Mystical Spirituality, Not Scripture, the New Norm for Contemporary Christian Faith

Rohring down the Rails toward a Fuller EvangelicalismArticle by Peter Jones

Oct 28, 2010

The Berlin train system is a jewel of Prussian efficiency. But I don’t speak German, so when I tried to take my Berlin grandchildren home from the Berlin zoo, we jumped on a train going the wrong way. Panic took over, until my five-year old German-speaking grandson got us back on track! Those who love biblical orthodoxy need to panic. Post-Evangelicalism is roaring off in the wrong direction.

Since mystical spirituality, not Scripture, has become the norm for contemporary Christian faith, some Evangelical groups, including Willow Creek, are turning to experts like Franciscan Father Richard Rohr, an authority on the use of contemplative spirituality, the enneagram and feminist spirituality. In 2009, Rohr organized at his Center a women’s conference led by Marianne Williamson, author of the New Age text A Return to Love: Reflections on the Principles of “A Course in Miracles.” Rohr believes we must learn, like the mystics of all the religions, to seek “non-dualistic” transformation. This, of course, is the goal of all non-Christian Eastern religions, where the soul and God, Brahma and Atman, become one essence. It defies belief to learn that Rohr is teaching a course, SP761: Action and Contemplation (8 units), in the DMin program this fall at Fuller Theological Seminary, ( helping future Evangelical pastors “grapple with how our rationalist thinking gets in the way of demonstrating compassion, living with paradox and contradictions, and appreciating the mystery of God.”

“Living with paradox” is how Post­-Evangelicals bring together in dynamic tension the various religions of the world. Rohr is not alone. “Progressive evangelical,” Spencer Burke, interviewing Tim King, an ex-Evangelical, rejoices with King that all the world religions are coming together and looks for the day when we will all meet “beyond our belief systems.”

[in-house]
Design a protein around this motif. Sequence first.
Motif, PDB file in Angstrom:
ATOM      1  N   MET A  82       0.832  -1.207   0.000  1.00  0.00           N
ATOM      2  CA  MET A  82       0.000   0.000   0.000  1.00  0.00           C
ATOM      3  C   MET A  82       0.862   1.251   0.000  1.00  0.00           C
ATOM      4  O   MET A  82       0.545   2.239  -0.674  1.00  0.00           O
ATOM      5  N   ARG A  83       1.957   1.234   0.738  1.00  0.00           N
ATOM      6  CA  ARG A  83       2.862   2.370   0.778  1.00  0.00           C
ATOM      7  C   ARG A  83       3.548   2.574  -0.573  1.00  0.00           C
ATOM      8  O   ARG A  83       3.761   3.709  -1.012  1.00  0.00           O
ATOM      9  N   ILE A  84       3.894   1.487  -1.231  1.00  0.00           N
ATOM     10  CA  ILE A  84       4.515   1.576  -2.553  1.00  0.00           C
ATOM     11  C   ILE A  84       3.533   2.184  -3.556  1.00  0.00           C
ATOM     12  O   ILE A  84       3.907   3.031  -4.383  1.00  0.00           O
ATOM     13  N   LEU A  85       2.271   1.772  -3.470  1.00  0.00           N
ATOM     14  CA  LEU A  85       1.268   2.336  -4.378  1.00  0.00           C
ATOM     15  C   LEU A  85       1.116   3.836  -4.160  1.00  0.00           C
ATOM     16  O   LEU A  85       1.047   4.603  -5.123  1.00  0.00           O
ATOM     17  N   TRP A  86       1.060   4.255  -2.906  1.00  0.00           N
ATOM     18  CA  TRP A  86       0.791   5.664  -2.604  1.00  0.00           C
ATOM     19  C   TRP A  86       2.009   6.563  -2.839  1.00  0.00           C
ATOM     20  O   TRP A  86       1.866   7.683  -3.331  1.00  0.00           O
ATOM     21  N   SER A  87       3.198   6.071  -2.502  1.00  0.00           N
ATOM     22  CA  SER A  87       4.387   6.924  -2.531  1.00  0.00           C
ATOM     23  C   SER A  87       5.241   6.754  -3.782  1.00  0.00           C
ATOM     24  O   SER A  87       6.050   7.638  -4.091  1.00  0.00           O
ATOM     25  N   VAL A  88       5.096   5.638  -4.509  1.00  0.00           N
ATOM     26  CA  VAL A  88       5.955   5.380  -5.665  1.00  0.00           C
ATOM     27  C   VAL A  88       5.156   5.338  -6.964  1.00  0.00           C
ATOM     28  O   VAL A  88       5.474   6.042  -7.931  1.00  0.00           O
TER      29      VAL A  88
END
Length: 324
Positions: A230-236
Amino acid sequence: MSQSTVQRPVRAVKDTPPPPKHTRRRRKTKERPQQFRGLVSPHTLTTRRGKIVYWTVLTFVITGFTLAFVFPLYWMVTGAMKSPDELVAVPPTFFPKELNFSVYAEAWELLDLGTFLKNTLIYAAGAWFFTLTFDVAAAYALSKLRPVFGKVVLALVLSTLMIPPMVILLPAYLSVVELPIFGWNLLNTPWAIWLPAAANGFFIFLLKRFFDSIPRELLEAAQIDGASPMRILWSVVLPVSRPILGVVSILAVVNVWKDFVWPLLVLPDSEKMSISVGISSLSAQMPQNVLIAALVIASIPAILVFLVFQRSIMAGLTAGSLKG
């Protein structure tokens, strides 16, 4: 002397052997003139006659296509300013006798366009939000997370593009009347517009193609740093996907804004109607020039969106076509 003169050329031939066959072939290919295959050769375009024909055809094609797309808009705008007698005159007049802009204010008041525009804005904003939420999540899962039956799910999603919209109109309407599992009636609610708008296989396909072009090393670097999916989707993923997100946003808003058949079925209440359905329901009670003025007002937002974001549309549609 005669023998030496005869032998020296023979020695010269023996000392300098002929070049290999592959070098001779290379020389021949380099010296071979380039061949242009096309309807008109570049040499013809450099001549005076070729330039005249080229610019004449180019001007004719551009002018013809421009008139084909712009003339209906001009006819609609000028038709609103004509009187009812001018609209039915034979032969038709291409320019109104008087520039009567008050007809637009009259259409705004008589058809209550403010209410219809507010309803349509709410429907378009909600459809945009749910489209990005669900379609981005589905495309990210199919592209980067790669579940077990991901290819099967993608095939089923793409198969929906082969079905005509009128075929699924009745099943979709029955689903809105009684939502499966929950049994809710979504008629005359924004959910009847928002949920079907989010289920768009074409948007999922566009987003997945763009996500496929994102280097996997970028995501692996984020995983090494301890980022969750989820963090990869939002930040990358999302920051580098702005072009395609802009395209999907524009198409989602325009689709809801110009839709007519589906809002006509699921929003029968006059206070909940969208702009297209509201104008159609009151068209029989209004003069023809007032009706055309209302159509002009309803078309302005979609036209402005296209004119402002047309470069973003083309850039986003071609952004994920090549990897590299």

Emergent historian, Phyllis Tickle, gets beyond belief systems by declaring that the age of sola scriptura is over and that the age of sola spiritus has arrived. Appropriately, she also writes books on mystical spirituality. “Spirit-led” experience is neither conservative nor liberal, but the “third” mystical “way of Jesus.” Brian McLaren touts a new spirituality that will “face the new challenge of a new age” (like that of Meister Eckhardt who believed he possessed within himself a divine spark). Liberal Baptist and Harvard professor of Religion, Harvey Cox, in The Future of Faith (2009) rejoices that we are leaving the “Age of Belief,” of “compulsive creed creating” and are entering the “Age of the Spirit.” This “spirit” will lead us into communion with all the spirits/religions. Inevitably, with words like that from her elders, Danielle Shroyer, pastor of Journey Church (Dallas, Texas), at an Emergent Reclaiming Paul Conference (August 12, 2008) led a workshop in which she said:

I cannot say exactly what we believe except that experience is a higher authority than Scripture. I do not believe the Bible is the Word of God, I believe Jesus is…Scripture has no hierarchy over other books, it is inspiring the way a quantum physics book is.

Clearly, Interfaith is becoming one of the distinguishing marks of Post-Evangelical orthodoxy. Brian McLaren hopes that Buddhists become “Buddhist followers of Jesus.”[1] Samir Selmanovic writes an article in An Emergent Manifesto (edited by Doug Pagitt and Tony Jones) on “The Sweet Problem of Inclusiveness,” which includes partaking with local wiccans in the practice of ceremonial witchcraft. The spiritual goal of such an exercise? “…to take comfort in the closeness of the spirits of Nature, our Gods and Goddesses, and especially our Ancestors.”

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